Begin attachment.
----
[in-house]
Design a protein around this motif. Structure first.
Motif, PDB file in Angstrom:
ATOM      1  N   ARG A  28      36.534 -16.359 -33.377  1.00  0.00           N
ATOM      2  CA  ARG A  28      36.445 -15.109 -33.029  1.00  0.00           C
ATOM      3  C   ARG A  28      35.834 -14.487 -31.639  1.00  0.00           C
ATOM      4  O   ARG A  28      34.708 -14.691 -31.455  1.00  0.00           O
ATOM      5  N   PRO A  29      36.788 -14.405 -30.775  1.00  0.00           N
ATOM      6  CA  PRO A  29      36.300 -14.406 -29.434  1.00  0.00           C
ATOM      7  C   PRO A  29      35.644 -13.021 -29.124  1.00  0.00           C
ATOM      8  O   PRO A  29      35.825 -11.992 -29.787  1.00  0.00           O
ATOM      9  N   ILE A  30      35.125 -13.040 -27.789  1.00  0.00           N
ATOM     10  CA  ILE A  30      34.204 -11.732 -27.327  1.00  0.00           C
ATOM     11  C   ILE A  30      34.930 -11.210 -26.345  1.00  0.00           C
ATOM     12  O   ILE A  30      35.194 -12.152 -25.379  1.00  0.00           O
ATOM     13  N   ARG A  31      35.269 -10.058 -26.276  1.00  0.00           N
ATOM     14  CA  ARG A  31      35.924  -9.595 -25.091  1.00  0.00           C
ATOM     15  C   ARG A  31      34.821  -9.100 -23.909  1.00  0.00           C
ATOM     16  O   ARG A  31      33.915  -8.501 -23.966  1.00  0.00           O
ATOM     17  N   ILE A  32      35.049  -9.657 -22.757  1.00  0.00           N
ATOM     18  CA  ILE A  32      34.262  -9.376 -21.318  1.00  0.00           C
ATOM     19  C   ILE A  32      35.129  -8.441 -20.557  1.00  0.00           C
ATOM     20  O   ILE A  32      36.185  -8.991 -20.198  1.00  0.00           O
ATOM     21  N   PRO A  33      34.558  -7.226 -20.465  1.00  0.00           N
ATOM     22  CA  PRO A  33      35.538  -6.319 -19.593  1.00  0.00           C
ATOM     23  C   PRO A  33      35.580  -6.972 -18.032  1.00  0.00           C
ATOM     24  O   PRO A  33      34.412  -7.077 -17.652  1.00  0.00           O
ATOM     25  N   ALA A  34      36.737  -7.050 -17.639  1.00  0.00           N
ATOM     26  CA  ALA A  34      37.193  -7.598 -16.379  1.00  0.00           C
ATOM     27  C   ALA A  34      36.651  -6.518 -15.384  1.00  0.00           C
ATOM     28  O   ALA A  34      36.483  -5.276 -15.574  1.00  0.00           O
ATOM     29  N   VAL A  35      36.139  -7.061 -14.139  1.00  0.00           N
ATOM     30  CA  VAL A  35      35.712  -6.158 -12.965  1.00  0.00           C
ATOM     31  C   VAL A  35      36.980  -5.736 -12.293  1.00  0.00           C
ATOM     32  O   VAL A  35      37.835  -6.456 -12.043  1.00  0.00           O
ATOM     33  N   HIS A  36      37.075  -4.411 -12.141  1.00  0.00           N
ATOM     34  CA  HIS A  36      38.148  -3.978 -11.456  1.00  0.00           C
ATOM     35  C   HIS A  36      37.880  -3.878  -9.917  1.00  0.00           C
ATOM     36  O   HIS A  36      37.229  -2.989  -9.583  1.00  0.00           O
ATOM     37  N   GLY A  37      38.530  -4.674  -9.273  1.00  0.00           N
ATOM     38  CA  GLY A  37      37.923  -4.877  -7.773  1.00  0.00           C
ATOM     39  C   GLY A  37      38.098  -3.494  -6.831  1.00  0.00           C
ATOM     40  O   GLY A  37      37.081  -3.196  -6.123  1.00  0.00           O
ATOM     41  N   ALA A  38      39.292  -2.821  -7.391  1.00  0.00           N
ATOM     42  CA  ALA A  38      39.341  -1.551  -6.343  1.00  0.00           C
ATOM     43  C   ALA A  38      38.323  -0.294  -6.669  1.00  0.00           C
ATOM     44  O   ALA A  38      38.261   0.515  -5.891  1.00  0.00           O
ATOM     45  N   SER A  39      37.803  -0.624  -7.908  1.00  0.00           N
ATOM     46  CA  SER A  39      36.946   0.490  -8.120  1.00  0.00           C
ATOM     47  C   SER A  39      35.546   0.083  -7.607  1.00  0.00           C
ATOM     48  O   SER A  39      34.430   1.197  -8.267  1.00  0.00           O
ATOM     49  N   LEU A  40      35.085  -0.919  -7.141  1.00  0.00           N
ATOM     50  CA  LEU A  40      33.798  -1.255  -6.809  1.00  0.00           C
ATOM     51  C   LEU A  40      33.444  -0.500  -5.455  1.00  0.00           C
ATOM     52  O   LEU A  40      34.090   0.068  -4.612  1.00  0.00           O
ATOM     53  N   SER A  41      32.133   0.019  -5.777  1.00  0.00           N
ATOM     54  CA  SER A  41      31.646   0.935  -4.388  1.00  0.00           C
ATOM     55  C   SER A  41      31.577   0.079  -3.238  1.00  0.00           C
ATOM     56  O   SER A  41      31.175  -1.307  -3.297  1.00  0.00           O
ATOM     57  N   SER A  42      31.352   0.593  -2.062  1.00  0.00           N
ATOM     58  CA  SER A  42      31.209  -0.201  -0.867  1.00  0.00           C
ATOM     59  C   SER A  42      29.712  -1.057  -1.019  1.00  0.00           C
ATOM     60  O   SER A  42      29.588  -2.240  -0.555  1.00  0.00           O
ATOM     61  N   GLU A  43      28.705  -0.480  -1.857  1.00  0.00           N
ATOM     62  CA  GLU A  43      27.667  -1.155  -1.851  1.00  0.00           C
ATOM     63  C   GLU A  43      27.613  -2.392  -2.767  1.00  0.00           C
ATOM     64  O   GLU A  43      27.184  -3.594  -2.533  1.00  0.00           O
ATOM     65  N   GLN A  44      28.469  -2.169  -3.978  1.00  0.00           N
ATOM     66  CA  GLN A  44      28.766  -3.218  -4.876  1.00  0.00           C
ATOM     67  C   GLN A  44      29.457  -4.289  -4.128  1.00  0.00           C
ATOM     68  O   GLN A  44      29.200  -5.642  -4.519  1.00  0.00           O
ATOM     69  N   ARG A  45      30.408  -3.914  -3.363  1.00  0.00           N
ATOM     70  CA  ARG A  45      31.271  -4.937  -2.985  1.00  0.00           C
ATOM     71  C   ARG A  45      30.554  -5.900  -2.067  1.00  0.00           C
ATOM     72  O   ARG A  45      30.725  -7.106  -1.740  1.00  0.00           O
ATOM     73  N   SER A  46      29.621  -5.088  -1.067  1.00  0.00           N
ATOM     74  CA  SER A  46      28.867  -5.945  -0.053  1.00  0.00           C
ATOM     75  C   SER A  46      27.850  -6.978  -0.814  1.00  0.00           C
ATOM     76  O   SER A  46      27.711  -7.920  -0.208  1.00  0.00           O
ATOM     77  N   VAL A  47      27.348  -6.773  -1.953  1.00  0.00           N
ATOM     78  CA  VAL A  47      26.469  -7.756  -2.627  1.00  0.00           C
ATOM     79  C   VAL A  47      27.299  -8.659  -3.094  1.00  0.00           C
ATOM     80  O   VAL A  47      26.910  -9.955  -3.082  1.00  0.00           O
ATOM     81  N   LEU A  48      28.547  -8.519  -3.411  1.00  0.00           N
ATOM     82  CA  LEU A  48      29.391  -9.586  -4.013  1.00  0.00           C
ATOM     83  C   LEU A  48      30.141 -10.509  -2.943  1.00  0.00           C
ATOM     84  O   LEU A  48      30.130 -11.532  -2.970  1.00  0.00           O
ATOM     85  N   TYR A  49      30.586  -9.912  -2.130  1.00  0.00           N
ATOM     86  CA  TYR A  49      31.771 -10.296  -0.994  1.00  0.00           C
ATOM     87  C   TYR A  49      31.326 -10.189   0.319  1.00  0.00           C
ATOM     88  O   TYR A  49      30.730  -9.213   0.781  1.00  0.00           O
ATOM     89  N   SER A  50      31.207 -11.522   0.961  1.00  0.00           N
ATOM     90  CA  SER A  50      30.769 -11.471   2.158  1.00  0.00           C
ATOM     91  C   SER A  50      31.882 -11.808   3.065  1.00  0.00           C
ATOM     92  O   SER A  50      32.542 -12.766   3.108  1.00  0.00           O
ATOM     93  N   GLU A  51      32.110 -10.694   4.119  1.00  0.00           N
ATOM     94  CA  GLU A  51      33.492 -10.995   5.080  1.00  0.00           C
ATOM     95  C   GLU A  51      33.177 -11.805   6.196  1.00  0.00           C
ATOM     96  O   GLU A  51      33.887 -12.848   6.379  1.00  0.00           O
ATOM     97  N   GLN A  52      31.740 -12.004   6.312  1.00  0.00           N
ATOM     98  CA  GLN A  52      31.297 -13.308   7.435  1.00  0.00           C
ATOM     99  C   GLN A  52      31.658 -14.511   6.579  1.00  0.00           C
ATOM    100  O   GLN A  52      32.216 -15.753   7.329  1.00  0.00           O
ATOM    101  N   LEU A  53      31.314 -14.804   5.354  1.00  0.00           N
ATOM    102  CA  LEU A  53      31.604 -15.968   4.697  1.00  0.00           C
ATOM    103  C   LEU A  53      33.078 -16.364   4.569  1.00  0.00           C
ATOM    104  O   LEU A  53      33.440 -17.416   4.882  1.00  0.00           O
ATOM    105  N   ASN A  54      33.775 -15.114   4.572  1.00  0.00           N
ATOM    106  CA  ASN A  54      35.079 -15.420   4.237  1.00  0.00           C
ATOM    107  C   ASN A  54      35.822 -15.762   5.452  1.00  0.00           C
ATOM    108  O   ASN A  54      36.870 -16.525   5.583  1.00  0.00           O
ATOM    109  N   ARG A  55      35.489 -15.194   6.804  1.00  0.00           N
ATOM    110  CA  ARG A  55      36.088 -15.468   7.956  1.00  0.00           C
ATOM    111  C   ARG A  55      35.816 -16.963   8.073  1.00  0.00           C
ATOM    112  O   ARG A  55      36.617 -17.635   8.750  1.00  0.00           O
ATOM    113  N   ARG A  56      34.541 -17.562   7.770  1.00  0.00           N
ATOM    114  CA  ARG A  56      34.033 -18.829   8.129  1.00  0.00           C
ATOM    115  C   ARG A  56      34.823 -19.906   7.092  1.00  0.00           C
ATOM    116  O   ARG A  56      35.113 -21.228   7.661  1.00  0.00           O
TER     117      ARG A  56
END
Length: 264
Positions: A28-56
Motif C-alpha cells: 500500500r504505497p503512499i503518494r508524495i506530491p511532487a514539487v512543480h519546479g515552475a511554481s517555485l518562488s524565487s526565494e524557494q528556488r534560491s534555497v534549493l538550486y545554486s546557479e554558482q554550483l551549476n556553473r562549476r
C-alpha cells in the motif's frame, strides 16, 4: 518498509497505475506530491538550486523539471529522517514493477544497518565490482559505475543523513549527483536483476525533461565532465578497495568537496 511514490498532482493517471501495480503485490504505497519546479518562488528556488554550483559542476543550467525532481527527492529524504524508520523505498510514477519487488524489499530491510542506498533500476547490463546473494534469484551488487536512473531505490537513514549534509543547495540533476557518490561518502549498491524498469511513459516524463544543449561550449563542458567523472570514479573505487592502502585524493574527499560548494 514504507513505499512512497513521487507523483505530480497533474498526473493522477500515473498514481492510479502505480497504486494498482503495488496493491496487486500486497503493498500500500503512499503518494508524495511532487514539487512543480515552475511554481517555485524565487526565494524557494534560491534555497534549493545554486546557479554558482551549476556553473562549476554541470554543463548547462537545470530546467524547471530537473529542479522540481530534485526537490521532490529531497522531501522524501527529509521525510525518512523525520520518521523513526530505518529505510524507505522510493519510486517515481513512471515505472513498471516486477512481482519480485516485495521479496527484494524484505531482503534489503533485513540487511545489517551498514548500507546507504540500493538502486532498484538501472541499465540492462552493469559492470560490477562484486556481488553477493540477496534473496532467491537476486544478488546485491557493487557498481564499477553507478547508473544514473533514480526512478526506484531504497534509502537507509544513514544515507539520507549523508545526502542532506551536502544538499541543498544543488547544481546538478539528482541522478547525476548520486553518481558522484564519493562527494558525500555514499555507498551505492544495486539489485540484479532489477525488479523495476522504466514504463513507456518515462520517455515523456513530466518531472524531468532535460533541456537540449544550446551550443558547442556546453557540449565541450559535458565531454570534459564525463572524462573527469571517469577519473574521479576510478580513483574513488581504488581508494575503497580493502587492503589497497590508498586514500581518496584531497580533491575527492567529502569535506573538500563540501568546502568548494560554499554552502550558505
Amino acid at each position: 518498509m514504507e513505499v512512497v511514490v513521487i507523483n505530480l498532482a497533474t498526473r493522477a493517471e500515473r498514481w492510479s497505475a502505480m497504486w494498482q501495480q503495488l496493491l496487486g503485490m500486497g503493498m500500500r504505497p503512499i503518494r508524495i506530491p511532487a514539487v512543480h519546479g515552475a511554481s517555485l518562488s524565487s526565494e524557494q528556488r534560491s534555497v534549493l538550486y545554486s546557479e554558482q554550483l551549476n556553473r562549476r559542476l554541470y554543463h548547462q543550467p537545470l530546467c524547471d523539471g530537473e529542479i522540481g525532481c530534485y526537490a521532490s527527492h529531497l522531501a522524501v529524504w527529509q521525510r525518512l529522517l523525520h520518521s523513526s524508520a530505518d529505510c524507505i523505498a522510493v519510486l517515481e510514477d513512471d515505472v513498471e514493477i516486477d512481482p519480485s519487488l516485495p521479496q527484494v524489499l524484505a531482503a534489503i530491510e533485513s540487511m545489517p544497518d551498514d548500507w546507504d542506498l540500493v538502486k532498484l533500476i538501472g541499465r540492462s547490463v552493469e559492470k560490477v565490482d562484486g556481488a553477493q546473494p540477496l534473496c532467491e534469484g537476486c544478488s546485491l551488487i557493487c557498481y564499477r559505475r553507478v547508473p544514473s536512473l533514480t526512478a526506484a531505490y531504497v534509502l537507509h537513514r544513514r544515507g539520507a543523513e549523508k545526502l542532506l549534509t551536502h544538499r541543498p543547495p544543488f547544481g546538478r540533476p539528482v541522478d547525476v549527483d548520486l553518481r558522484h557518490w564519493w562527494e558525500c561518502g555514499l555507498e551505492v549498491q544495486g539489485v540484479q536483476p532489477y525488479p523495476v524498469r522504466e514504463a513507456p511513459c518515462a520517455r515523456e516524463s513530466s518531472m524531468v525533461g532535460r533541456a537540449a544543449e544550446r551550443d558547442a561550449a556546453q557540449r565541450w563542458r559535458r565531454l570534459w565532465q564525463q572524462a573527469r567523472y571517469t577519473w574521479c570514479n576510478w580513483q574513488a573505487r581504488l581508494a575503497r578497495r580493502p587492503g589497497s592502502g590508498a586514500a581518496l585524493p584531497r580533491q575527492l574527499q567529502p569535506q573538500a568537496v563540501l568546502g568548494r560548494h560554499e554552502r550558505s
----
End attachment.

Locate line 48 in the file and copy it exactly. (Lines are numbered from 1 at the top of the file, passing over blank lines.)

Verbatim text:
ATOM     45  N   SER A  39      37.803  -0.624  -7.908  1.00  0.00           N